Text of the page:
Recipe #3 (TJ's Comfort Food)

Nacho Chicken Casserole


6 boneless chicken breasts, skinned, and excess fat removed

Bag of Doritos (a big bag)

Chili powder

Can of Cream of Chicken (15 ounces) *Can use Cream of Mushroom instead*

1 bag (8 ounces) Fiesta Blend Shredded Cheese *Any multi-cheese mix will do, preferrably spicy*

Onion, Paprika, Cumin (all optional)


1a. Grill the chicken breasts and cut into bite sized chunks (or shred).

1b. Cut a small slit into the Doritos bag to let air out. Then crush all the nachos into small bits.

2. Place a layer of nachos into the bottom of a 2 quart casserole dish.

3. Sprinkle some chili powder onto crushed nachos (can also put cumin or paprika and/or onion).

4. Lay a third of the chicken onto nachos.

5. Lay a third of the cream of chicken soup on chicken.

6 . . . More
Author: David Manly | Views: 407 | Comments: 2
Last by Kenny on Nov 12, 2010, 12:07pm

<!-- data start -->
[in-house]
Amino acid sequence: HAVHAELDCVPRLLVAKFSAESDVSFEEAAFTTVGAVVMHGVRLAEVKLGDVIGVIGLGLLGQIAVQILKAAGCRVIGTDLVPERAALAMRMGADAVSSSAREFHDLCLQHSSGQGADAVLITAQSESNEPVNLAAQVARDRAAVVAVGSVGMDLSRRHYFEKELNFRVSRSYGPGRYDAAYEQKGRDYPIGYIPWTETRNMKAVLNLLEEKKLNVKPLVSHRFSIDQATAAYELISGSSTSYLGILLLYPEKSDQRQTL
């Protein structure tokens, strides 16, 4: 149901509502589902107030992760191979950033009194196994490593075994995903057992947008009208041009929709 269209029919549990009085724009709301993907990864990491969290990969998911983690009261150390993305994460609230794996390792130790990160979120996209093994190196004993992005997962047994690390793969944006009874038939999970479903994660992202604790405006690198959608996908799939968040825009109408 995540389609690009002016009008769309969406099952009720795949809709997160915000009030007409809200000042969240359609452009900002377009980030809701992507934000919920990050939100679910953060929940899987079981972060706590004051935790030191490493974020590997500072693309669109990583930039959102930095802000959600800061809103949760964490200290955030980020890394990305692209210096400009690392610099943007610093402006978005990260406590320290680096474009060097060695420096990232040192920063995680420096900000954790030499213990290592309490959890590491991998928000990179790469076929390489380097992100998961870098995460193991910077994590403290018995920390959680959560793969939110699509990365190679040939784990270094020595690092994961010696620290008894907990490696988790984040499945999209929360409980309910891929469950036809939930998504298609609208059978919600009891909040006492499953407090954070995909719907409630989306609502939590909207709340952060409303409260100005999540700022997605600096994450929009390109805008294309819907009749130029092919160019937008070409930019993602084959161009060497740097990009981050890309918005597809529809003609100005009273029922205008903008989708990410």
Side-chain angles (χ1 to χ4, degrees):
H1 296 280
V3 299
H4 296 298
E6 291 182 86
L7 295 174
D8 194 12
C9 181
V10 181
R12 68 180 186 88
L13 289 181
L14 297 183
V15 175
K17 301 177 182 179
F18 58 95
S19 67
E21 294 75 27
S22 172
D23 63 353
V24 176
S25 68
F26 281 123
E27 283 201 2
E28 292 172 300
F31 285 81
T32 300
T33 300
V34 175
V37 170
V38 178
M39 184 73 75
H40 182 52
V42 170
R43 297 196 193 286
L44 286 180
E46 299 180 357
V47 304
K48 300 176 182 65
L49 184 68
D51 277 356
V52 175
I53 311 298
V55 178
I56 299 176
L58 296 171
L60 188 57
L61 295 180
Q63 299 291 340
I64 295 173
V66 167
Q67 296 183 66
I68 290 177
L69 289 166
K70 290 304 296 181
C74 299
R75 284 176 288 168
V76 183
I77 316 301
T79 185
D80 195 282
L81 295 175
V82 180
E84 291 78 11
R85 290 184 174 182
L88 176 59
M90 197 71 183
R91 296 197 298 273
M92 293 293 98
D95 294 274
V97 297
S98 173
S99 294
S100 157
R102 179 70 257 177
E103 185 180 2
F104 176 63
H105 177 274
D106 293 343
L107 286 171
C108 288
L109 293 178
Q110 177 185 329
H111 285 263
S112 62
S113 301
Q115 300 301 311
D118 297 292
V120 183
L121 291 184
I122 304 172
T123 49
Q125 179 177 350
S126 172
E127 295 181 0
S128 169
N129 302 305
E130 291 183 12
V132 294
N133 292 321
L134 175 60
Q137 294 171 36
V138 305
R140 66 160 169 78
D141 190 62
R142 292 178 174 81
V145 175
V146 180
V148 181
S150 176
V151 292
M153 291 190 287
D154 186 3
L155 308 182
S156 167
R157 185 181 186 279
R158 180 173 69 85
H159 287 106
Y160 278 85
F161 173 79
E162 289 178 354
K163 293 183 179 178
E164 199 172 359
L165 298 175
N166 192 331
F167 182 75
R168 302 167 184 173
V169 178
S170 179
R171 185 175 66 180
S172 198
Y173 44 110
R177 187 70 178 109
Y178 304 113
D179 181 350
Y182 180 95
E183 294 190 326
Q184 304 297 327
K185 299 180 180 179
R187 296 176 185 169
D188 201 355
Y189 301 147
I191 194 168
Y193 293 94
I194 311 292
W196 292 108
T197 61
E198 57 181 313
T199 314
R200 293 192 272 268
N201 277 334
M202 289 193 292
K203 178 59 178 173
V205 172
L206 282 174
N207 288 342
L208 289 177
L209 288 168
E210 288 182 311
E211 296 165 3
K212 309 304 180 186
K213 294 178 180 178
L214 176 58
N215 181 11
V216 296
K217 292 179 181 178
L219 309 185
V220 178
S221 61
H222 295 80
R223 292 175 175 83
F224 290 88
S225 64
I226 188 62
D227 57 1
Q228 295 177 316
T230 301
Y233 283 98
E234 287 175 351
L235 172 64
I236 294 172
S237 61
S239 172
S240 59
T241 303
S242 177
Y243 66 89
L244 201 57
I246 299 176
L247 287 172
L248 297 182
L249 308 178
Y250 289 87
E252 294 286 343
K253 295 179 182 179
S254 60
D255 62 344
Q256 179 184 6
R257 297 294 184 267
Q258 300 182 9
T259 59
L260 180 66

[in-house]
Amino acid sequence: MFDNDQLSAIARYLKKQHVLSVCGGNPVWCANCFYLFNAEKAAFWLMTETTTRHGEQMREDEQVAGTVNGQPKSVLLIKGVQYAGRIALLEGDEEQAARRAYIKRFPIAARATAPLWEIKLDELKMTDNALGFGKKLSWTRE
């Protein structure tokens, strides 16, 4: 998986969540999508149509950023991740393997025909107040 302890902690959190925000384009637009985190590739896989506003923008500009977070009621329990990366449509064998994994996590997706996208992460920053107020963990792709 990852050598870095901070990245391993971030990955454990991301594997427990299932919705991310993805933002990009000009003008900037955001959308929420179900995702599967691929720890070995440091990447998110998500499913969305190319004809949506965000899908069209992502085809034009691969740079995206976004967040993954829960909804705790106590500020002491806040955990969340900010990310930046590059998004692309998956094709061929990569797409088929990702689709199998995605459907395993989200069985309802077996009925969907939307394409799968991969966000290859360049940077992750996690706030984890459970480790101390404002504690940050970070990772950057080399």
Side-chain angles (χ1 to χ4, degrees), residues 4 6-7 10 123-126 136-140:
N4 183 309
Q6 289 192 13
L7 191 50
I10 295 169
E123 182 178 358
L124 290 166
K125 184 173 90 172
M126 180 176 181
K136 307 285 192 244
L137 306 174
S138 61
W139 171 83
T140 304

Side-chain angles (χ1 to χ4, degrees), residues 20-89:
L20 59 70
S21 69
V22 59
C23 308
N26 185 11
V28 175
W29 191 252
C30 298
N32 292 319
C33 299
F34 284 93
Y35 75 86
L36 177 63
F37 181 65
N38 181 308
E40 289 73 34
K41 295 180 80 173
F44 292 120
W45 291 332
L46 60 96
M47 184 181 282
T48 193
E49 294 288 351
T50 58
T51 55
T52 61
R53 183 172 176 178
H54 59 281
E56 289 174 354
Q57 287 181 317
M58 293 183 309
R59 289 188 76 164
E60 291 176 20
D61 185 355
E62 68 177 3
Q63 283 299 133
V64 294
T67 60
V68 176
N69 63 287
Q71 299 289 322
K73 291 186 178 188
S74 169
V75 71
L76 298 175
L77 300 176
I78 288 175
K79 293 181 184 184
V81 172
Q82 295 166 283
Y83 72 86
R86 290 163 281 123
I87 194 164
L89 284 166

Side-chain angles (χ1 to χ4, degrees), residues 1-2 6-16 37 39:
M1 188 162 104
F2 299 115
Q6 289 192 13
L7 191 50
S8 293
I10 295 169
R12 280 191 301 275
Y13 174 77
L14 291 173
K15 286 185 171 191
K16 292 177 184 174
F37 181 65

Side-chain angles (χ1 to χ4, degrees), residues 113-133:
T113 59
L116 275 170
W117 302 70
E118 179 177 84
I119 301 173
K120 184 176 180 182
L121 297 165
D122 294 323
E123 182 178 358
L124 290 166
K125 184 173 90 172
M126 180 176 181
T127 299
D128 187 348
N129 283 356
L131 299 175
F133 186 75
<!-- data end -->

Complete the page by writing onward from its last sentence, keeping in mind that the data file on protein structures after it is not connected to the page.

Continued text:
To begin this post, I want to talk about the worst teacher I ever had. The reason is because this teacher almost ruined my love of science.

I was always a science kid, who would rather study the ants on the soccer field than run after the ball. I would rather go to the museum or read about animals than play T-ball.

But in grade 10, I had a science teacher (who we will call Mr. L) who was a very competent teacher, but was not the most encouraging person on the planet. He would ask questions on tests that were never covered, as well as ask questions in the most complicated way possible. If you asked him a question in class, he would just shrug it off and tell you to figure it out yourself.

But there is one incident involving a lab report that made me question pursuing science as a career.

The lab report was done in groups, and one of the people in my group had all the data. But, the day before the lab was due, his grandmother in Vancouver passed away, so he flew there with his family immediately. However, he took the lab stuff with him, so there was no way we could get it back.

When we tried to explain the situation to Mr. L, he wouldn’t have it.

He failed all of us on the lab, and wouldn’t even accept it a few days later when . . . More